Ben Bernanke gets to clean up his mess

Greenspan's successor took the Federal Reserve into a brave new world. Getting back to normal won't be easy

Published August 25, 2009 10:30AM (EDT)

Ben Bernanke will remain chairman of the Federal Reserve, White House chief of Staff Rahm Emmanuel announced Monday night, citing his efforts in "pulling the economy back from the brink of what would have been the second Great Depression."

Most economists seem to agree with the president. Bernanke may have started slow, but once the contours of the disaster became unmistakable he accelerated fast. The Fed became a font of innovation, extending credit to all comers with an array of exotic new lending programs. Still, I feel compelled to revisit Nouriel Roubini's assessment of Bernanke's tenure, published last month in the New York Times.

He and the Fed made three major mistakes when the subprime mortgage crisis began. First, he kept arguing that the housing recession would bottom out soon (it has not bottomed out even three years later). Second, he argued that the subprime problem was a contained problem when in reality it was a symptom of the biggest leverage and credit bubble in American history. Third, he argued that the collapse in the housing market would not lead to a recession, even though about one-third of jobs created in the latest economic recovery were directly or indirectly related to housing. Mr. Bernanke's analysis was mistaken in several other important ways. He argued that monetary policy should not be used to control asset bubbles. He attributed the large United States current account deficits to a savings glut in China and emerging markets, understating the role that excessive fiscal deficits and debt accumulation by American households and the financial system played.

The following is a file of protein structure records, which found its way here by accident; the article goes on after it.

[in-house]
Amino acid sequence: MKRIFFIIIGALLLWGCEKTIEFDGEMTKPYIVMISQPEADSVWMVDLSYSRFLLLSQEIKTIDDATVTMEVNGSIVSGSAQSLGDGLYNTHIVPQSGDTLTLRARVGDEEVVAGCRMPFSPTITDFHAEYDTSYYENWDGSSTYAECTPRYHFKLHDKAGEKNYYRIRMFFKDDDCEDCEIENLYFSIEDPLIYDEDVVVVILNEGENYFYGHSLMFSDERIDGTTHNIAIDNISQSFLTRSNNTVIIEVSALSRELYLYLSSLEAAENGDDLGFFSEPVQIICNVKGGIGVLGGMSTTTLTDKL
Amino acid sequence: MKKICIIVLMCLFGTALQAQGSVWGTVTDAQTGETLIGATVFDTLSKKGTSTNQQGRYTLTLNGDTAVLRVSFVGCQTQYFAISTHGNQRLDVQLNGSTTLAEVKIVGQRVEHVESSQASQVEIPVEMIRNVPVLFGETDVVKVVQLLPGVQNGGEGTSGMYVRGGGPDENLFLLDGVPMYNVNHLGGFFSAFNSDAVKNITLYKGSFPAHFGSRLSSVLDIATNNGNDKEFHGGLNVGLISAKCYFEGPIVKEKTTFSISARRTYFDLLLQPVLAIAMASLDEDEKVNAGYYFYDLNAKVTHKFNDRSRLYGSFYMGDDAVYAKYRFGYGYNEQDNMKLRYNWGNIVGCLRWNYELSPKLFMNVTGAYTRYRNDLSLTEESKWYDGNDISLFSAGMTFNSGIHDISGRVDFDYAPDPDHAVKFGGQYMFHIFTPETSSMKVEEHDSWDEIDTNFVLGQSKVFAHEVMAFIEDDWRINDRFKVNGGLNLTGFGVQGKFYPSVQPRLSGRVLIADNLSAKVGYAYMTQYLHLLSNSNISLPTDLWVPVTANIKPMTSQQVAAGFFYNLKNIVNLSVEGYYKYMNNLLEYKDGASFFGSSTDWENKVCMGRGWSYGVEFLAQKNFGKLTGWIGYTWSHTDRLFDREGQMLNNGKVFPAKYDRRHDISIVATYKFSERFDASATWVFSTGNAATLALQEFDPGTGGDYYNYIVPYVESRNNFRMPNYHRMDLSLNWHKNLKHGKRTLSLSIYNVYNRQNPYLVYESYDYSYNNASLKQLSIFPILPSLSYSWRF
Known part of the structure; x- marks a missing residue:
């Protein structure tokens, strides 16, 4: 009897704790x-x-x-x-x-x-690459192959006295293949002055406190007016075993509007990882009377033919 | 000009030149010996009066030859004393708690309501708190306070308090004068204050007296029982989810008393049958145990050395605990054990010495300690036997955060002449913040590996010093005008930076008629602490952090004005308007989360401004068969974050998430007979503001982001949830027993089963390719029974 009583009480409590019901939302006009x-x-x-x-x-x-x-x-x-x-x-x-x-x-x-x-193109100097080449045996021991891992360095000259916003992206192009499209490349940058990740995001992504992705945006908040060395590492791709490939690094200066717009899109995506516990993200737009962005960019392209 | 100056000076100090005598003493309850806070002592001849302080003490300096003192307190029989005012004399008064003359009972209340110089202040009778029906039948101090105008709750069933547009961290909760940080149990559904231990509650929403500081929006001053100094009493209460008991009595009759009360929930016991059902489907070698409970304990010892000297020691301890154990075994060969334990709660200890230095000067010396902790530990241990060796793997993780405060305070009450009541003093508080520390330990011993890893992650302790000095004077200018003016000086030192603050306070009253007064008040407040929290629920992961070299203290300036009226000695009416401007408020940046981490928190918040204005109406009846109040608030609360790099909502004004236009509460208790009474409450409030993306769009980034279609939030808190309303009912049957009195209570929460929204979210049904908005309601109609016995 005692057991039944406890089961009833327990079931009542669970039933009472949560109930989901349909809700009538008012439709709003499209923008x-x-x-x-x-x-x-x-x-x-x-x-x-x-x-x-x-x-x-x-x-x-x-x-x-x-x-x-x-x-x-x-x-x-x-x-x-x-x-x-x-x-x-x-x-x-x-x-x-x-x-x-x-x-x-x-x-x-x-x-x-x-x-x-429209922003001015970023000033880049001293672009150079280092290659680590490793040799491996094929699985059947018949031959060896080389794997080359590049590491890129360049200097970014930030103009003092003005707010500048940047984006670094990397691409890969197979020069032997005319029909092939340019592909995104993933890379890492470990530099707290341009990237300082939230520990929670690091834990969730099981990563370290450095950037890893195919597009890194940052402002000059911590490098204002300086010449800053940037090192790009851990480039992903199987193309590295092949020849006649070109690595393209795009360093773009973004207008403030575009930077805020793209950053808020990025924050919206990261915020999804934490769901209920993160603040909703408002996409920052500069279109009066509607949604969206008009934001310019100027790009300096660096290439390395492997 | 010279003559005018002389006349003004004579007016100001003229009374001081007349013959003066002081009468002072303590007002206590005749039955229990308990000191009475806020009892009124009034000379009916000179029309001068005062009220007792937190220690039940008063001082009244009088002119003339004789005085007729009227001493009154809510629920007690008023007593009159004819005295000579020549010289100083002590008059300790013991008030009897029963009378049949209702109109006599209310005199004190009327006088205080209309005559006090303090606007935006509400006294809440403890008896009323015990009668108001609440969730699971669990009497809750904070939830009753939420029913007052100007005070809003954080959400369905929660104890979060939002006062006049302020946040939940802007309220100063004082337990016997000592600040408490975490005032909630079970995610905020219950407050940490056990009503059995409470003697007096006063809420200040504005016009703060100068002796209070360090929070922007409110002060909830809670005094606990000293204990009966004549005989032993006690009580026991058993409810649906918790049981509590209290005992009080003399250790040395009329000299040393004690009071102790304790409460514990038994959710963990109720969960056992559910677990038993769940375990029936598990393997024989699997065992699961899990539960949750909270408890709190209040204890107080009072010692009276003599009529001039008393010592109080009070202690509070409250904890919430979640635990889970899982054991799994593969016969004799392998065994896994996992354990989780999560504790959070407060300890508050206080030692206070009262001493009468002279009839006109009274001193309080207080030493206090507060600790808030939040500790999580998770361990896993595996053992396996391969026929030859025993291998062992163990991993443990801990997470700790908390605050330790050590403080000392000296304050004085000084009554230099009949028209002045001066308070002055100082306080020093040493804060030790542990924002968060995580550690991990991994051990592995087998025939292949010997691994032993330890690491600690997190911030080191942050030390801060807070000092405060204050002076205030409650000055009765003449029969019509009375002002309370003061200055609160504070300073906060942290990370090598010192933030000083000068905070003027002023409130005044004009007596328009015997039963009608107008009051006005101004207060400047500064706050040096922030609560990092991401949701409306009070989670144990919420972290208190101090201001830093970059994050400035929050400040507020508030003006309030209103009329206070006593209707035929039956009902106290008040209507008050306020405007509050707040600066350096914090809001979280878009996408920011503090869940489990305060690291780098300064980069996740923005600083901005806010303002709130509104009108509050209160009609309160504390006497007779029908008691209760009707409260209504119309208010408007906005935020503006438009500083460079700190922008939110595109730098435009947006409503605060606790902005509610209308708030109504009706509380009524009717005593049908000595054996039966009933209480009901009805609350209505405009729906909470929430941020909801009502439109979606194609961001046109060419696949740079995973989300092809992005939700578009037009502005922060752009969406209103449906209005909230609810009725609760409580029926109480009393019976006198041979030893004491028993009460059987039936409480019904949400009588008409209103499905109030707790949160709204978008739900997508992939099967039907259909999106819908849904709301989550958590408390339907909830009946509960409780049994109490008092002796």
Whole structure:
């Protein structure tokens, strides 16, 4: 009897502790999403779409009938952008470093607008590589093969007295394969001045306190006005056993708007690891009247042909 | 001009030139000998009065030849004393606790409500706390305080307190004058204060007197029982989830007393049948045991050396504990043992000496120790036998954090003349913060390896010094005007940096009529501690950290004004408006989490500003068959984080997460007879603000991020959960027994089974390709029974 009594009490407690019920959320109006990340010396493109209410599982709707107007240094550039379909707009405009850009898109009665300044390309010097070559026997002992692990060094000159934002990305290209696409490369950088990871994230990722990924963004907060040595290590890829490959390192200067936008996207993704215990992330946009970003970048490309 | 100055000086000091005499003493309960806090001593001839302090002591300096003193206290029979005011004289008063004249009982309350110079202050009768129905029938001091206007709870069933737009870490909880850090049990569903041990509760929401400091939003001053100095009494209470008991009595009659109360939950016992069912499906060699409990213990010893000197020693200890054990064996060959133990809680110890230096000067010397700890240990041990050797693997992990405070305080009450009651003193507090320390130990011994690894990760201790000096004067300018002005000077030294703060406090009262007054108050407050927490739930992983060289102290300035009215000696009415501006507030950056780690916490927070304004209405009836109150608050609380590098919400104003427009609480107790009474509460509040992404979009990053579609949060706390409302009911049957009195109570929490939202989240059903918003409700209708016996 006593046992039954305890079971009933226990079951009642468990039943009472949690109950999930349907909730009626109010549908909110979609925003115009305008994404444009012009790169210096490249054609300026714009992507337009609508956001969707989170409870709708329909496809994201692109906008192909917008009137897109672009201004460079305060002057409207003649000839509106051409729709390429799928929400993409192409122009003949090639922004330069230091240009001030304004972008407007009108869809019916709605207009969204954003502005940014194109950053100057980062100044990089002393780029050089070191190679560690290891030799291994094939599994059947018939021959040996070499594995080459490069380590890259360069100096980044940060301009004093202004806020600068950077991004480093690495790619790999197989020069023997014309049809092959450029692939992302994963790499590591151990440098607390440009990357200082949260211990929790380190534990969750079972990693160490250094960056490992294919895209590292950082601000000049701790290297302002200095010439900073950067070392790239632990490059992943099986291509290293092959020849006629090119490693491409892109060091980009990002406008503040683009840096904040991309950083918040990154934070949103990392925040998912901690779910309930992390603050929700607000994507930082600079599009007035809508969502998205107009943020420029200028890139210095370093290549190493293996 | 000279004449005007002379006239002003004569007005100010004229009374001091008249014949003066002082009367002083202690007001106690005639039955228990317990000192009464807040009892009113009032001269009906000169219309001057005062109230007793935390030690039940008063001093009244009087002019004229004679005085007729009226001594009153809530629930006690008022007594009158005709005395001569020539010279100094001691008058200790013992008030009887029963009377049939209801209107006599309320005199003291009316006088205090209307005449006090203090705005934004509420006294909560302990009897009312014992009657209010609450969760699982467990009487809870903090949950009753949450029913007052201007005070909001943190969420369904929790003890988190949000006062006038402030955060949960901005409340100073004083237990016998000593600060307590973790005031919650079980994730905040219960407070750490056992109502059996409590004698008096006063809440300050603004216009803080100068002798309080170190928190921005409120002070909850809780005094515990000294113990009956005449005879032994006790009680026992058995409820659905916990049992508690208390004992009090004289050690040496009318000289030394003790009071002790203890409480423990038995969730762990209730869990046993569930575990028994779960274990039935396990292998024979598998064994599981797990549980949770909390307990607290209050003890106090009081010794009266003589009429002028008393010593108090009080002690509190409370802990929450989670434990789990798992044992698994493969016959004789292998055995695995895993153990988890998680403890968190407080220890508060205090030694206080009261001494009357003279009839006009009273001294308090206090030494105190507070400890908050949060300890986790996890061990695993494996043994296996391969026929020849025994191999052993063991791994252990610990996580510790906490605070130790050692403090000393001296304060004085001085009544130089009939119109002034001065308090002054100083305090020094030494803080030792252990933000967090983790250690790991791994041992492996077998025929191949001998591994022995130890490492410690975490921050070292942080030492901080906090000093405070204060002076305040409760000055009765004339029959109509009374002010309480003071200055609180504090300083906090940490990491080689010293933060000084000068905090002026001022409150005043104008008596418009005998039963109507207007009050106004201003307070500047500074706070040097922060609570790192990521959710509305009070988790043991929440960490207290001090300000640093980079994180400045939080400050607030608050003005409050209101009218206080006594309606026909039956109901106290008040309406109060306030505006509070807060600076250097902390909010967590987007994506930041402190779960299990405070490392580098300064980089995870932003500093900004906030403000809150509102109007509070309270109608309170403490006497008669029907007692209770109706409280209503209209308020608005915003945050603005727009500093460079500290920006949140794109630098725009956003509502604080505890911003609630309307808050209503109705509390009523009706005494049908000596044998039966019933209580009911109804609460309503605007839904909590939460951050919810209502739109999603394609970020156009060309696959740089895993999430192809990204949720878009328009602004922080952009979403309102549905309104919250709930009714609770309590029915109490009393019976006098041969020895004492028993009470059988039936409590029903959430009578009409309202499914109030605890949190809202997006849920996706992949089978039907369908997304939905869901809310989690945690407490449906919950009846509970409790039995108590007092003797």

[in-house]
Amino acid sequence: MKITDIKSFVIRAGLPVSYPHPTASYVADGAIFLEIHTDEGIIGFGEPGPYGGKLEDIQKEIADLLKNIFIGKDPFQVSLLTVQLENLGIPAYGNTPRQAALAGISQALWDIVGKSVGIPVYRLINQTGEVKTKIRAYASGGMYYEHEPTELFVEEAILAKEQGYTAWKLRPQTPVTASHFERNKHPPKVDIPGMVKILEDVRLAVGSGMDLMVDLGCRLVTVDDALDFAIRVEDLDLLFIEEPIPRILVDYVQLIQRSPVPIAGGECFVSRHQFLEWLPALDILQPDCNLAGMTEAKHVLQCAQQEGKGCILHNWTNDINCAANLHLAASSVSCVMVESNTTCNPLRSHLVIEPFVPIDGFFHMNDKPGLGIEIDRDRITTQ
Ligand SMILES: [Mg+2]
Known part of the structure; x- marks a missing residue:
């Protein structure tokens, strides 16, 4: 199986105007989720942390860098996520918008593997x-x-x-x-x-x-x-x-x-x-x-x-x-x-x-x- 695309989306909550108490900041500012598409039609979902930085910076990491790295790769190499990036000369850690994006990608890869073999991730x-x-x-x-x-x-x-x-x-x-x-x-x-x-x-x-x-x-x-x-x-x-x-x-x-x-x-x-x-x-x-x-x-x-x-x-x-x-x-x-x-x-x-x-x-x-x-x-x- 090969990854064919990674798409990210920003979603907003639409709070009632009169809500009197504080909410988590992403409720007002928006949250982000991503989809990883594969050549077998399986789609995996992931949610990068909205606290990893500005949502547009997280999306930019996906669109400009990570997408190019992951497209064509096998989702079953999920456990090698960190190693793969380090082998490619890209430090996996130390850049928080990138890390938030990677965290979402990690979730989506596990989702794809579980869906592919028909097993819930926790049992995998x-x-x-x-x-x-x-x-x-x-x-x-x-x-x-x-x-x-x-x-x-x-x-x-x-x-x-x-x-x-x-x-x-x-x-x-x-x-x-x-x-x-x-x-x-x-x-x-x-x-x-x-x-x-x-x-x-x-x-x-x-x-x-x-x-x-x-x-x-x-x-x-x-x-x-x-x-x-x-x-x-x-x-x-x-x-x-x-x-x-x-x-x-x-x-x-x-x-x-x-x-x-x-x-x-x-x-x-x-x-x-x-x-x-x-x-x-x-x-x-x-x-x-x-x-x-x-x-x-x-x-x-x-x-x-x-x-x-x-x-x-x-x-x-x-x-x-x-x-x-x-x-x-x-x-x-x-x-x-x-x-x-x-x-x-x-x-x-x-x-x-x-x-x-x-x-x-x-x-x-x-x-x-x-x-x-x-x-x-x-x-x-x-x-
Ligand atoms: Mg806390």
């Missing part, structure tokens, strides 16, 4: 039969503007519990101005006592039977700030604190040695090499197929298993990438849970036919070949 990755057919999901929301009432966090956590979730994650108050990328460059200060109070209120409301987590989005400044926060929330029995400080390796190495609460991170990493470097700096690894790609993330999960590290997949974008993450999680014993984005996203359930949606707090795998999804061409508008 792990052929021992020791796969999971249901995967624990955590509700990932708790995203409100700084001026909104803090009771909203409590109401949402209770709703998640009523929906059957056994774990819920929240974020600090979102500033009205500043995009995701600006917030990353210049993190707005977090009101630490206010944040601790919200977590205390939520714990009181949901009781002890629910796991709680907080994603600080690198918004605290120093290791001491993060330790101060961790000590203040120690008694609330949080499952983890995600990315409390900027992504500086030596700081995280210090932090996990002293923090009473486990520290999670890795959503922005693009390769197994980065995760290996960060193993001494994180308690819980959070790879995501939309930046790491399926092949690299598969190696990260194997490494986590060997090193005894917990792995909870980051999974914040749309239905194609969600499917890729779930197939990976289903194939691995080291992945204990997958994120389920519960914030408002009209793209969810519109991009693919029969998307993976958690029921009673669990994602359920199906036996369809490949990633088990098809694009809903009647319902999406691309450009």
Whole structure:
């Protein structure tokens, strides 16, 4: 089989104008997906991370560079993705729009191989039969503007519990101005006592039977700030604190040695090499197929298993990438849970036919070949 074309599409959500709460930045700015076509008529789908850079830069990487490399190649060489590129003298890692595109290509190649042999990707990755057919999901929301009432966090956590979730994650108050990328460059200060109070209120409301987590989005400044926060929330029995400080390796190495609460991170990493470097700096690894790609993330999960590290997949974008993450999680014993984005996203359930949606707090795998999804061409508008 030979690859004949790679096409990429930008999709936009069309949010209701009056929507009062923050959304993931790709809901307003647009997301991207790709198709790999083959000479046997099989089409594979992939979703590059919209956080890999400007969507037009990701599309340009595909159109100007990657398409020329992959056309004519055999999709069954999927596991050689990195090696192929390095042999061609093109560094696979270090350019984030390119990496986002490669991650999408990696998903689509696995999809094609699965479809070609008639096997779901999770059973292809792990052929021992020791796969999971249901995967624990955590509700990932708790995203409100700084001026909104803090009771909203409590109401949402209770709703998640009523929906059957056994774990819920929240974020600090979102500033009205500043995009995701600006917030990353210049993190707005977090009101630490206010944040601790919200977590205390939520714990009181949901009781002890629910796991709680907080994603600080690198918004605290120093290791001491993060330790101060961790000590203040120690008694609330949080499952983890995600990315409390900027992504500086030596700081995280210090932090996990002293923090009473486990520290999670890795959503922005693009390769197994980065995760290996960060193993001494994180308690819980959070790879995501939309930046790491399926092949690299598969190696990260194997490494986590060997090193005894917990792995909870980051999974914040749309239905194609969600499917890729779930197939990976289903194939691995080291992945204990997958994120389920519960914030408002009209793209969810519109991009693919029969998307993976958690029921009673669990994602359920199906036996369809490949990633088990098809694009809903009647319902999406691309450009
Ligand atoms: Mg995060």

But Roubini ended up supporting Bernanke's reappointment! So he must have done a fantastic job after that rocky start.

Or maybe Obama realizes that the really hard part is only just beginning. Unwinding the vast expansion of the Fed's balance sheet and figuring out how to tighten the screws on the money supply without plunging the country into an another economic contraction will be a tremendous challenge. Why saddle that grief on some up-and-coming Democratic economist? It's Bernanke's mess. Let him clean it up.

By Andrew Leonard

Andrew Leonard is a staff writer at Salon. On Twitter, @koxinga21.

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Ben Bernanke Federal Reserve How The World Works Wall Street